You’ve heard of phishing, right? Phishing is a way a cyber hacker can get into the company network by sending a malicious email. These phishing emails look legitimate to your employees and they believe it’s from someone within the company asking them to click a link. The employee clicks the link and viola – a data breach is underway.

Vishing – similar to phishing, in that it is a combination of voice and phishing. Vishing is a phone scam that uses methods similar to phishing to gain sensitive personal and/or business information.

The FBI’s Internet Crime Complaint Center estimates that vishing scams cost the victims close to $50 million in 2018.

How can you recognize, and protect yourself against, a vishing scam.

Be aware that during these calls, the cyber hacker will have trolled your social media pages and other social engineering techniques to gain personal or business information about you.

During the call the scammer will share those details with you in order to gain your trust… and potentially your passwords, access to your company and financial details.

The scammer could say he or she is from the bank you use and that your account has been compromised. He or she will say they need to access your account – with your help to assure its validity – in order to ensure your account is “safe” from the potential (fake) breach.

Scammers may also say they are from local law enforcement, the IRS or from a computer software company like Microsoft. If a scammer asks for access to your computer to install software that will protect you and your accounts from a cyberattack – be aware that they are planting malware and accessing all the information you have on your computer.

A vishing scammer can “spoof” the number from which they are calling to make it appear they are calling from a trusted source.

What are some common vishing scams?

  1. Compromised financial accounts. If this happens you will be asked about a payment you’d recently made and potentially for your log in credentials so the scammer can “lock down” your account to protect it from further fraudulent charges.
  2. Unsolicited loan offers. How often do you get credit card offers? Be aware that this could be a vishing scam, too. A caller will say they can give you an unbelievable interest rate if you want to roll over your other cards to this new one. They will tell you will earn points with the new card, and for a small fee you can apply. Be aware that legitimate lenders won’t call to make these offers.
  3. Social security, IRS and Medicare scams. These scams are typically perpetrated on older adults. The hacker will pretend to be a Medicare rep and try to gain financial information from the victim. Too often the older adult will believe the caller and will give out this personal information for fear of losing their Social Security or Medicare benefit if they don’t do what the caller says. The IRS calls will generally say there is an issue with a previously filed tax return and that you need to call back immediately. Be aware that the IRS, Medicare and Social Security reps will never place a call like this.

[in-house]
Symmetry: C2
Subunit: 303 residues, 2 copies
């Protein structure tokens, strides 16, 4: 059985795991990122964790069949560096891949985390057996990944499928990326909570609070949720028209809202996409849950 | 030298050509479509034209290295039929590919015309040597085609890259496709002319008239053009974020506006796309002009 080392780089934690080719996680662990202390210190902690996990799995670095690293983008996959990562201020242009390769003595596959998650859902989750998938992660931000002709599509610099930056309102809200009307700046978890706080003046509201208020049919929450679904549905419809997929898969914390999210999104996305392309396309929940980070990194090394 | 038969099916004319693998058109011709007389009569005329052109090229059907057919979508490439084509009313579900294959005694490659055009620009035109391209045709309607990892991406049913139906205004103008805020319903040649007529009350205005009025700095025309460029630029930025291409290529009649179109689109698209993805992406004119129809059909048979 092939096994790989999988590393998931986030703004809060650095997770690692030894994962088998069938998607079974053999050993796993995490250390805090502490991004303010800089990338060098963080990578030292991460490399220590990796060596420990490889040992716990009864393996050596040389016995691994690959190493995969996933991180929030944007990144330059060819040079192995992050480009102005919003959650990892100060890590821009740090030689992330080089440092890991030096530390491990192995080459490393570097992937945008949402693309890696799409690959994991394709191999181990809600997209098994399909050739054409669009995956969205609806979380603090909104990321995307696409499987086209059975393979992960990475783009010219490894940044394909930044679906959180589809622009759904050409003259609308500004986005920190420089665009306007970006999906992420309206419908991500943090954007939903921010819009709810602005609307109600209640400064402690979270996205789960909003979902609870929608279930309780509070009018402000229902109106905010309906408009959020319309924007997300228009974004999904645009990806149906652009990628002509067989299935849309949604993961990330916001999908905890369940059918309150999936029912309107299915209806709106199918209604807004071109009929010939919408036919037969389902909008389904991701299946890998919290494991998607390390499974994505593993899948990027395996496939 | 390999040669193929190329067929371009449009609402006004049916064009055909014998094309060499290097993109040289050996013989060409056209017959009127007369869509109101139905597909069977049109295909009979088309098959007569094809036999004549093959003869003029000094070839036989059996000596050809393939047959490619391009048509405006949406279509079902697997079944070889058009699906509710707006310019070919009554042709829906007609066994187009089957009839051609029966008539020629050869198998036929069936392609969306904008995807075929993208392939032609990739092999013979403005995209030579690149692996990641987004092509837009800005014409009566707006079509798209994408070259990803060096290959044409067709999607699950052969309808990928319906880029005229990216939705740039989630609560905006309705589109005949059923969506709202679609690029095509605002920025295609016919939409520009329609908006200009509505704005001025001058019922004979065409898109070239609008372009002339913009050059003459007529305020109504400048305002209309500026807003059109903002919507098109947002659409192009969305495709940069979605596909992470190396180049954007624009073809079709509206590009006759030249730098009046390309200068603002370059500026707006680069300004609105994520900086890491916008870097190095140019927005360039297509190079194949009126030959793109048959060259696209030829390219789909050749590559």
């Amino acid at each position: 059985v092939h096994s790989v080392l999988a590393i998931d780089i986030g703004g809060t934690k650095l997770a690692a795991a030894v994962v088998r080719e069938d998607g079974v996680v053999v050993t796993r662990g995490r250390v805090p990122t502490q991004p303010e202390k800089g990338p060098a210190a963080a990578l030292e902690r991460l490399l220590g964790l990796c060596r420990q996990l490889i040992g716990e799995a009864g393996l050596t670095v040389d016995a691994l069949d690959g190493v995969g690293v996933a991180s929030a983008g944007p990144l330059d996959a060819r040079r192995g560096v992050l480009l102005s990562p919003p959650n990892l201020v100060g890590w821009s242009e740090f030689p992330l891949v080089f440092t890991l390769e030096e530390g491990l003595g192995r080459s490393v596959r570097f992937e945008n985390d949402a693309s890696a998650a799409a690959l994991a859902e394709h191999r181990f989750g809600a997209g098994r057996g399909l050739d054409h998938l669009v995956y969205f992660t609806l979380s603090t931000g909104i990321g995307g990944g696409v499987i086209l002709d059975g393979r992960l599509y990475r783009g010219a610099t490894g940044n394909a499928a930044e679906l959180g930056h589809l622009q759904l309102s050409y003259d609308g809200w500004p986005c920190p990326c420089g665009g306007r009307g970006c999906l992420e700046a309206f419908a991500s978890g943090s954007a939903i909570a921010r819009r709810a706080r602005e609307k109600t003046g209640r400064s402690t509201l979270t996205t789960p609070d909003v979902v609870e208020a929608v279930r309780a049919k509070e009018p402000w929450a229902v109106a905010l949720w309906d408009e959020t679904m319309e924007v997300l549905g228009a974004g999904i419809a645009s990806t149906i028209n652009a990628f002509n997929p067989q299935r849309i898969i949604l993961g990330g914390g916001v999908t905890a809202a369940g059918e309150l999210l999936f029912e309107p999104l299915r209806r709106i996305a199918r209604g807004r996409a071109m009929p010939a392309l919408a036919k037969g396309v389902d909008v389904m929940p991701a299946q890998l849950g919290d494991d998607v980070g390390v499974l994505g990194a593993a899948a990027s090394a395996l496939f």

How can you protect yourself against a vishing scam?

  1. Sign up for the National Do Not Call Registry. When you add your home, business and mobile number to the registry it should slow the rate of calls. Certain scammers will still call so protect yourself and your information.
  2. Don’t answer the phone if it’s a number you don’t recognize. Let the call go to voice mail. Listen to the message and determine whether to call back.
  3. Just hang up. If you suspect it’s a vishing call, don’t stay on the line.
  4. Don’t say your name, respond to prompts or press buttons in answer to automated questions. If a caller says, “press 3” to be removed from our list or say your name to talk with an operator – you have verified to the scammer that they have reached a live, potential target.
  5. Ask the caller to identify him or herself, where they are calling from and a number at which you can call them back. Chances are, they will hang up on you. If they give a number, you can either call it back or report it to the authorities.

How to recover if you’ve been the victim of a vishing attack?

  1. Call your financial institution whether it’s about your bank account or credit card. Let them know about the call then cancel your credit card and stop further transactions on your bank account.
  2. Sign up for credit monitoring.
  3. File a complaint with the FCC

Learn the red flags and protect yourself and your financial data from a vishing scammer.

WareGeeks Solutions is a Roselle, New Jersey-based complete IT consultant and solutions provider. We specialist in Data Protection, specifically Business Continuity and Disaster Recovery (#BCDR). We work with medium and large law firms and in the healthcare industry. If you have IT or security questions contact Seth at WareGeeks Solutions. For information or a consultation, call (877) 653-7146, or email us at

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